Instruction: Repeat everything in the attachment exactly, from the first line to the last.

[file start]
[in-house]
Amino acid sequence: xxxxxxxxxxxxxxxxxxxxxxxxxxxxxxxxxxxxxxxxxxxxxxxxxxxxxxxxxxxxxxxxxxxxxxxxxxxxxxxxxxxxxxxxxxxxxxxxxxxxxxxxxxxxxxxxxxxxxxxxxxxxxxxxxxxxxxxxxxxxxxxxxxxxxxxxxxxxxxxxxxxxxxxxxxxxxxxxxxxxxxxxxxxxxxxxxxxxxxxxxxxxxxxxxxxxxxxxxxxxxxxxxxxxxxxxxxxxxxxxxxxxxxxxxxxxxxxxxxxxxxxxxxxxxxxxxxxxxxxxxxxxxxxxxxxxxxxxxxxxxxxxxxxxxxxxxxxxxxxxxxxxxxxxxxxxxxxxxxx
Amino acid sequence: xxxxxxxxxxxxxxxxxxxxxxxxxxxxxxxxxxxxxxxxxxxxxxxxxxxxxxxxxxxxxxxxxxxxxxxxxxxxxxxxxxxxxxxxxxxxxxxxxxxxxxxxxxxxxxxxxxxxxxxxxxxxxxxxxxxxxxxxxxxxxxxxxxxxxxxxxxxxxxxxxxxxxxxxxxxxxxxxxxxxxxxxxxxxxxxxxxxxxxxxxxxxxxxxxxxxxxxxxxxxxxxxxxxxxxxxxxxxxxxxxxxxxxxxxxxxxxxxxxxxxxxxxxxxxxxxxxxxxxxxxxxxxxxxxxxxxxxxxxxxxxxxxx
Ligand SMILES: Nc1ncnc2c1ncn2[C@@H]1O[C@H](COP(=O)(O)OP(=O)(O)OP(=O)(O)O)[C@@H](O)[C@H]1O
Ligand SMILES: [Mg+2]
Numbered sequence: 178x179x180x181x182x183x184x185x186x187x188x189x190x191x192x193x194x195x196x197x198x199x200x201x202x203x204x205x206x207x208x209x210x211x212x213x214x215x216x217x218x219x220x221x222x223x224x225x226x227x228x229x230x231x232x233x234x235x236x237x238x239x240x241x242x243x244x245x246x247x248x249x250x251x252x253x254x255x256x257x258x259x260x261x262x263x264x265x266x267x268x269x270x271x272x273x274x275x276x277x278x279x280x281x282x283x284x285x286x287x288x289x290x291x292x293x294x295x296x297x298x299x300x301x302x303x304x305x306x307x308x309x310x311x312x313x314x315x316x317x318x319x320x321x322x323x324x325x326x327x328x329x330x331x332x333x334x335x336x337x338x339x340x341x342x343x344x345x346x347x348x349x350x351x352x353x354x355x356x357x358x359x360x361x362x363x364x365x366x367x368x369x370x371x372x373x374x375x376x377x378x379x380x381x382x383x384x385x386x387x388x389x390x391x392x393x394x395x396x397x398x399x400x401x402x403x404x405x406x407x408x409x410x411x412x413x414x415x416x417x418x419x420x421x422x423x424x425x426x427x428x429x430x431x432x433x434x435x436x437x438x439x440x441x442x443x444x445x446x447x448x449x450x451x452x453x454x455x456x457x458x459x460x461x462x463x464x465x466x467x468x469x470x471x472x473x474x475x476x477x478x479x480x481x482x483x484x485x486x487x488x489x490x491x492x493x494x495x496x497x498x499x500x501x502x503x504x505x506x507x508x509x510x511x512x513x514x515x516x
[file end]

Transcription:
[in-house]
Amino acid sequence: xxxxxxxxxxxxxxxxxxxxxxxxxxxxxxxxxxxxxxxxxxxxxxxxxxxxxxxxxxxxxxxxxxxxxxxxxxxxxxxxxxxxxxxxxxxxxxxxxxxxxxxxxxxxxxxxxxxxxxxxxxxxxxxxxxxxxxxxxxxxxxxxxxxxxxxxxxxxxxxxxxxxxxxxxxxxxxxxxxxxxxxxxxxxxxxxxxxxxxxxxxxxxxxxxxxxxxxxxxxxxxxxxxxxxxxxxxxxxxxxxxxxxxxxxxxxxxxxxxxxxxxxxxxxxxxxxxxxxxxxxxxxxxxxxxxxxxxxxxxxxxxxxxxxxxxxxxxxxxxxxxxxxxxxxxxxxxxxxxx
Amino acid sequence: xxxxxxxxxxxxxxxxxxxxxxxxxxxxxxxxxxxxxxxxxxxxxxxxxxxxxxxxxxxxxxxxxxxxxxxxxxxxxxxxxxxxxxxxxxxxxxxxxxxxxxxxxxxxxxxxxxxxxxxxxxxxxxxxxxxxxxxxxxxxxxxxxxxxxxxxxxxxxxxxxxxxxxxxxxxxxxxxxxxxxxxxxxxxxxxxxxxxxxxxxxxxxxxxxxxxxxxxxxxxxxxxxxxxxxxxxxxxxxxxxxxxxxxxxxxxxxxxxxxxxxxxxxxxxxxxxxxxxxxxxxxxxxxxxxxxxxxxxxxxxxxxxx
Ligand SMILES: Nc1ncnc2c1ncn2[C@@H]1O[C@H](COP(=O)(O)OP(=O)(O)OP(=O)(O)O)[C@@H](O)[C@H]1O
Ligand SMILES: [Mg+2]
Numbered sequence: 178x179x180x181x182x183x184x185x186x187x188x189x190x191x192x193x194x195x196x197x198x199x200x201x202x203x204x205x206x207x208x209x210x211x212x213x214x215x216x217x218x219x220x221x222x223x224x225x226x227x228x229x230x231x232x233x234x235x236x237x238x239x240x241x242x243x244x245x246x247x248x249x250x251x252x253x254x255x256x257x258x259x260x261x262x263x264x265x266x267x268x269x270x271x272x273x274x275x276x277x278x279x280x281x282x283x284x285x286x287x288x289x290x291x292x293x294x295x296x297x298x299x300x301x302x303x304x305x306x307x308x309x310x311x312x313x314x315x316x317x318x319x320x321x322x323x324x325x326x327x328x329x330x331x332x333x334x335x336x337x338x339x340x341x342x343x344x345x346x347x348x349x350x351x352x353x354x355x356x357x358x359x360x361x362x363x364x365x366x367x368x369x370x371x372x373x374x375x376x377x378x379x380x381x382x383x384x385x386x387x388x389x390x391x392x393x394x395x396x397x398x399x400x401x402x403x404x405x406x407x408x409x410x411x412x413x414x415x416x417x418x419x420x421x422x423x424x425x426x427x428x429x430x431x432x433x434x435x436x437x438x439x440x441x442x443x444x445x446x447x448x449x450x451x452x453x454x455x456x457x458x459x460x461x462x463x464x465x466x467x468x469x470x471x472x473x474x475x476x477x478x479x480x481x482x483x484x485x486x487x488x489x490x491x492x493x494x495x496x497x498x499x500x501x502x503x504x505x506x507x508x509x510x511x512x513x514x515x516x